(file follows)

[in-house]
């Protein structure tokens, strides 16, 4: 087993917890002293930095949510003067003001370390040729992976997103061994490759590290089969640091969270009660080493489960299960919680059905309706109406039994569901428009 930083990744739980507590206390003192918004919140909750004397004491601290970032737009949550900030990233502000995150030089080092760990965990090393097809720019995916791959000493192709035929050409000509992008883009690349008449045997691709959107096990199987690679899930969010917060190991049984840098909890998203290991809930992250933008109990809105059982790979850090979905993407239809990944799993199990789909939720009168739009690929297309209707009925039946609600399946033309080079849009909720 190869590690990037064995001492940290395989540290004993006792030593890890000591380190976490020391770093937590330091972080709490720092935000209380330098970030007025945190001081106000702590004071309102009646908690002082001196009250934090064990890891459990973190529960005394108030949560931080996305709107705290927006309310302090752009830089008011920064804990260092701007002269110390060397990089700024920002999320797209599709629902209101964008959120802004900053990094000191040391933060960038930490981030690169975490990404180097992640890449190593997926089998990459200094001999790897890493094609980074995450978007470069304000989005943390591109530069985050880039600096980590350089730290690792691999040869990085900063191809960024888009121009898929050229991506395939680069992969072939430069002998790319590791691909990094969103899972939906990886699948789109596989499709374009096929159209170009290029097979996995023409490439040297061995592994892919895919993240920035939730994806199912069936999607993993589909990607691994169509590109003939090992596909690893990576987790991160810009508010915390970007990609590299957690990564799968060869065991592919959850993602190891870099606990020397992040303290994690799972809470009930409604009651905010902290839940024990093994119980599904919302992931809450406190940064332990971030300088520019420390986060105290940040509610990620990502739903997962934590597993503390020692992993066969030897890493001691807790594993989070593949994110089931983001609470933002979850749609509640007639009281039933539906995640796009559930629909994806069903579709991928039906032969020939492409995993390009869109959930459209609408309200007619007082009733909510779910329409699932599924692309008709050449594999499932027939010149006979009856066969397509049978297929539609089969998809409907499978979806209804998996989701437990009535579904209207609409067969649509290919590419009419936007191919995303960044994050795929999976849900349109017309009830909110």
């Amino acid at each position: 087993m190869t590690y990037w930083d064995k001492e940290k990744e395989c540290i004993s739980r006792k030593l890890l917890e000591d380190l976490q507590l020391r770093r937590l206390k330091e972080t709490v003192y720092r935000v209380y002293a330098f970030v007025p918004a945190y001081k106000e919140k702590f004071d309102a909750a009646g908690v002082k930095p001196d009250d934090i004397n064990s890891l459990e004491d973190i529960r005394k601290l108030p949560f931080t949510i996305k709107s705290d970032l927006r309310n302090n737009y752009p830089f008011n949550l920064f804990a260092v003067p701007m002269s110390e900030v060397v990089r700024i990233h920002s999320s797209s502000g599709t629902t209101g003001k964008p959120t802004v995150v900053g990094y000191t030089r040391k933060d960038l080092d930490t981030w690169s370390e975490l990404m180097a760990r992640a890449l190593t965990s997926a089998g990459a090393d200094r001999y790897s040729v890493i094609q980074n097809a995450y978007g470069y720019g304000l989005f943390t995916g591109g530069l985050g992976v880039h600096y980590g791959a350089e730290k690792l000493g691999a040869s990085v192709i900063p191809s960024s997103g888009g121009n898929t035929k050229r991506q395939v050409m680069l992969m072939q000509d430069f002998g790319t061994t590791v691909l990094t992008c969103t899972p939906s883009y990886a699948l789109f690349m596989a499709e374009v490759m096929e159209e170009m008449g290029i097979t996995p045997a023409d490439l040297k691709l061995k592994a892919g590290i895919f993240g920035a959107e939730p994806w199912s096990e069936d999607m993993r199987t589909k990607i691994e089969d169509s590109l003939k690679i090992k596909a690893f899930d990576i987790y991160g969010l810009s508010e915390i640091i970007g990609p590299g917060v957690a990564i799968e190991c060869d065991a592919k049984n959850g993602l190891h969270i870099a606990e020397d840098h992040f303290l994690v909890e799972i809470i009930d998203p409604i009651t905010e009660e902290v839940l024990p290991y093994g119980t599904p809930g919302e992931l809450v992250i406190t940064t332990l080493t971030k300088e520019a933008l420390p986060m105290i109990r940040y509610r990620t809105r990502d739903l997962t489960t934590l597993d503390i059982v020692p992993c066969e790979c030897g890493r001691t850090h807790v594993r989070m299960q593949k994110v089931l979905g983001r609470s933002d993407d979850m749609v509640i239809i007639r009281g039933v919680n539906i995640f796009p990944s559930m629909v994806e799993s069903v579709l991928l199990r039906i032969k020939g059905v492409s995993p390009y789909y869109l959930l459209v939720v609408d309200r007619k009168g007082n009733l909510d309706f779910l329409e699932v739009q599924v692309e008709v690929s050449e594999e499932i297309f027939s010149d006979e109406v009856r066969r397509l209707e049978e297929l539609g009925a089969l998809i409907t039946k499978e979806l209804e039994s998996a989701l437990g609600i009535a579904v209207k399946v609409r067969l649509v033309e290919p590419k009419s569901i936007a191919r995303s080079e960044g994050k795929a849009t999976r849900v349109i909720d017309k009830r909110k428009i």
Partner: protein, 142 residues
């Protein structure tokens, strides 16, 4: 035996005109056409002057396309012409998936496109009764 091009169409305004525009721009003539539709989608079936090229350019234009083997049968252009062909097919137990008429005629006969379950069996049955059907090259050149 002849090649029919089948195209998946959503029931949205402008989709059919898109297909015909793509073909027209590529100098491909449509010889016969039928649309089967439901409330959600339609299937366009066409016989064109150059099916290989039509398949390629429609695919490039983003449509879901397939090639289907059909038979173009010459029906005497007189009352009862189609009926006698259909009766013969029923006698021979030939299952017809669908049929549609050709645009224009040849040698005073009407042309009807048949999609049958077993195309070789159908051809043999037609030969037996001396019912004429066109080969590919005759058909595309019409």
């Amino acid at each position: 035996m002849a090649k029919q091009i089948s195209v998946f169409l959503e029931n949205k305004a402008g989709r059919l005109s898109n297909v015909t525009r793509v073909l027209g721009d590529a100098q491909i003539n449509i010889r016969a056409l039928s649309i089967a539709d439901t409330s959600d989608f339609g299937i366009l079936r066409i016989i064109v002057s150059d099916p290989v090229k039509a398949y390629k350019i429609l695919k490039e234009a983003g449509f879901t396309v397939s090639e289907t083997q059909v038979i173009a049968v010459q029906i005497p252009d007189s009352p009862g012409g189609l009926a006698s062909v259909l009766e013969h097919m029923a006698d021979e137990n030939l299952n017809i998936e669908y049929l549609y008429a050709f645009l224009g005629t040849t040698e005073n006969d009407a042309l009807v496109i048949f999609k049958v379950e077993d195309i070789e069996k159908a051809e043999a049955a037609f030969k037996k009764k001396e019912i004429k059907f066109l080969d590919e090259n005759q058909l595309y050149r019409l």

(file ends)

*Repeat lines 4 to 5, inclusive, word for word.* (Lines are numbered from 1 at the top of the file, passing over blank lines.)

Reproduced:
Partner: protein, 142 residues
């Protein structure tokens, strides 16, 4: 035996005109056409002057396309012409998936496109009764 091009169409305004525009721009003539539709989608079936090229350019234009083997049968252009062909097919137990008429005629006969379950069996049955059907090259050149 002849090649029919089948195209998946959503029931949205402008989709059919898109297909015909793509073909027209590529100098491909449509010889016969039928649309089967439901409330959600339609299937366009066409016989064109150059099916290989039509398949390629429609695919490039983003449509879901397939090639289907059909038979173009010459029906005497007189009352009862189609009926006698259909009766013969029923006698021979030939299952017809669908049929549609050709645009224009040849040698005073009407042309009807048949999609049958077993195309070789159908051809043999037609030969037996001396019912004429066109080969590919005759058909595309019409």